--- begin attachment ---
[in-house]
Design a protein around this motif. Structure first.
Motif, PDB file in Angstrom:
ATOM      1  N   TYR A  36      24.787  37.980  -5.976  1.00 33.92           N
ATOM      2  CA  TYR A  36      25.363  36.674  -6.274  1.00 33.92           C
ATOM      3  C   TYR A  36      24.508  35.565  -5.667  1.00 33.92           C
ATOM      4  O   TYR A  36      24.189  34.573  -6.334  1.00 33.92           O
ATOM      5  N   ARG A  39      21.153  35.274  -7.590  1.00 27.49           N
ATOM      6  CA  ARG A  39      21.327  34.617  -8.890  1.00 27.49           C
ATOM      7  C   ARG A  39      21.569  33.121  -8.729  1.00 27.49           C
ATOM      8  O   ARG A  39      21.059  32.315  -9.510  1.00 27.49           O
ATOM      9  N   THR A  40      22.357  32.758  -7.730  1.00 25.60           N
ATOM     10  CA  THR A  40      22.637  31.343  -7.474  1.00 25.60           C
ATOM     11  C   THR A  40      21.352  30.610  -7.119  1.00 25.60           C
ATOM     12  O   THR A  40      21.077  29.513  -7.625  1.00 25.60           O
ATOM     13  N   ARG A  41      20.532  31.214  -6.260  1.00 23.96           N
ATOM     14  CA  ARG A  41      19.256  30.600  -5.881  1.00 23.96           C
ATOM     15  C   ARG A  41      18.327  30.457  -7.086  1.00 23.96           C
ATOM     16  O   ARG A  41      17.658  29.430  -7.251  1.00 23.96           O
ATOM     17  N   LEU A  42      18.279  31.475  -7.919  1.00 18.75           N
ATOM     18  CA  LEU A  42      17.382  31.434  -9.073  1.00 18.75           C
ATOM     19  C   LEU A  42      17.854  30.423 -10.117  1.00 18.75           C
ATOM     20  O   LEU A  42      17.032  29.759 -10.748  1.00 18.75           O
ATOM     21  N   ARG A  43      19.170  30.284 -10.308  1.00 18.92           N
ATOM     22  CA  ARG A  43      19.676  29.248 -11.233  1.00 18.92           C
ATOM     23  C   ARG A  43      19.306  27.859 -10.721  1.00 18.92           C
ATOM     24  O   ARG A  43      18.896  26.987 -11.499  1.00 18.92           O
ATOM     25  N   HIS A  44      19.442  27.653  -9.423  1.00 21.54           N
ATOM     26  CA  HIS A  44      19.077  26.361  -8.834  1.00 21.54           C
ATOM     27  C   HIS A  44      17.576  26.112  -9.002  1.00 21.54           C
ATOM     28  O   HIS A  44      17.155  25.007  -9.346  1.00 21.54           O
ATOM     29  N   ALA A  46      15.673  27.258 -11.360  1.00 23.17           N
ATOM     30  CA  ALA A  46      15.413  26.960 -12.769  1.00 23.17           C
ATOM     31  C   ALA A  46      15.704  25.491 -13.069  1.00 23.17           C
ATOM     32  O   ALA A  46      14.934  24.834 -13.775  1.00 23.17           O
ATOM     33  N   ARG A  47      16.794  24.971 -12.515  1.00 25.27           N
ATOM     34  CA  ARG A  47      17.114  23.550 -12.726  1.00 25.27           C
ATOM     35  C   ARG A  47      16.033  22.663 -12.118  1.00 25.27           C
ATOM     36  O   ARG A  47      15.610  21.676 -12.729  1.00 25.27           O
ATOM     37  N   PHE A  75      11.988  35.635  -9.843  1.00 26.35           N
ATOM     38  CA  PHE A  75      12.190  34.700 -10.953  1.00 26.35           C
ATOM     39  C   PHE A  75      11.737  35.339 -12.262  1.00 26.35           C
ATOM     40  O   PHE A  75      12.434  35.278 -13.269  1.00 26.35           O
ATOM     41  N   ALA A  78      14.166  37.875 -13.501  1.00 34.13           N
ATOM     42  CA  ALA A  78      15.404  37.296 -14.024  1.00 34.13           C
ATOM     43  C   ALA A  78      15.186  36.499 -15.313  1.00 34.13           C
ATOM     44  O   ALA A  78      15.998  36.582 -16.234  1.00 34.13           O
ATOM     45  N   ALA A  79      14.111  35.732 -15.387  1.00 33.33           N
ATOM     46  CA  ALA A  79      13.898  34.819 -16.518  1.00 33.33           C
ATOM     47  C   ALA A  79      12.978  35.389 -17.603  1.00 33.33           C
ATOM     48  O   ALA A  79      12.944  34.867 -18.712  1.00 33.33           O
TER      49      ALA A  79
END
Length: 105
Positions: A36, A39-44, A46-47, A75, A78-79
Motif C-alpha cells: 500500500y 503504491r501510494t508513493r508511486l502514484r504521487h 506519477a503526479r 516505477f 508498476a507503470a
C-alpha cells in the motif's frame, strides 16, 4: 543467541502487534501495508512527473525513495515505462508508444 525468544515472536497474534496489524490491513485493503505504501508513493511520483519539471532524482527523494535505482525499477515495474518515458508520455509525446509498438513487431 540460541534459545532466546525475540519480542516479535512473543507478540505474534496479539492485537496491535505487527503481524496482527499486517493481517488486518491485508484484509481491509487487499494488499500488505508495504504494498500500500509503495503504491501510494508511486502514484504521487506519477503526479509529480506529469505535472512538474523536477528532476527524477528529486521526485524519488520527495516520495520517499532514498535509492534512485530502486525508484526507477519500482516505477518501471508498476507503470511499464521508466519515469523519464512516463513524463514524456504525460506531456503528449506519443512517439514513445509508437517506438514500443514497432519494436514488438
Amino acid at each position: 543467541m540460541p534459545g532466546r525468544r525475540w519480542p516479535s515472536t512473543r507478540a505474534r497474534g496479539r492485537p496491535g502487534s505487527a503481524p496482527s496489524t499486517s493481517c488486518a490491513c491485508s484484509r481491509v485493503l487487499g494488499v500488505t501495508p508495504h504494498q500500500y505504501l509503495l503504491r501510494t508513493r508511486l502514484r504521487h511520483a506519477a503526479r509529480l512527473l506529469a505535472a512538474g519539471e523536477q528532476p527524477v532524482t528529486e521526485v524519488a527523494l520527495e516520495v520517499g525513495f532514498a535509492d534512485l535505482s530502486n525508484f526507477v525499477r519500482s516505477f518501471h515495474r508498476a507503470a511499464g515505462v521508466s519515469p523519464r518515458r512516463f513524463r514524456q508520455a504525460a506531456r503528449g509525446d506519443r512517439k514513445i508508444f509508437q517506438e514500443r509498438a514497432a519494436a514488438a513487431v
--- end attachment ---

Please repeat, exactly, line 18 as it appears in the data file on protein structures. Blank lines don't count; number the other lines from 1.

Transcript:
ATOM     15  C   ARG A  41      18.327  30.457  -7.086  1.00 23.96           C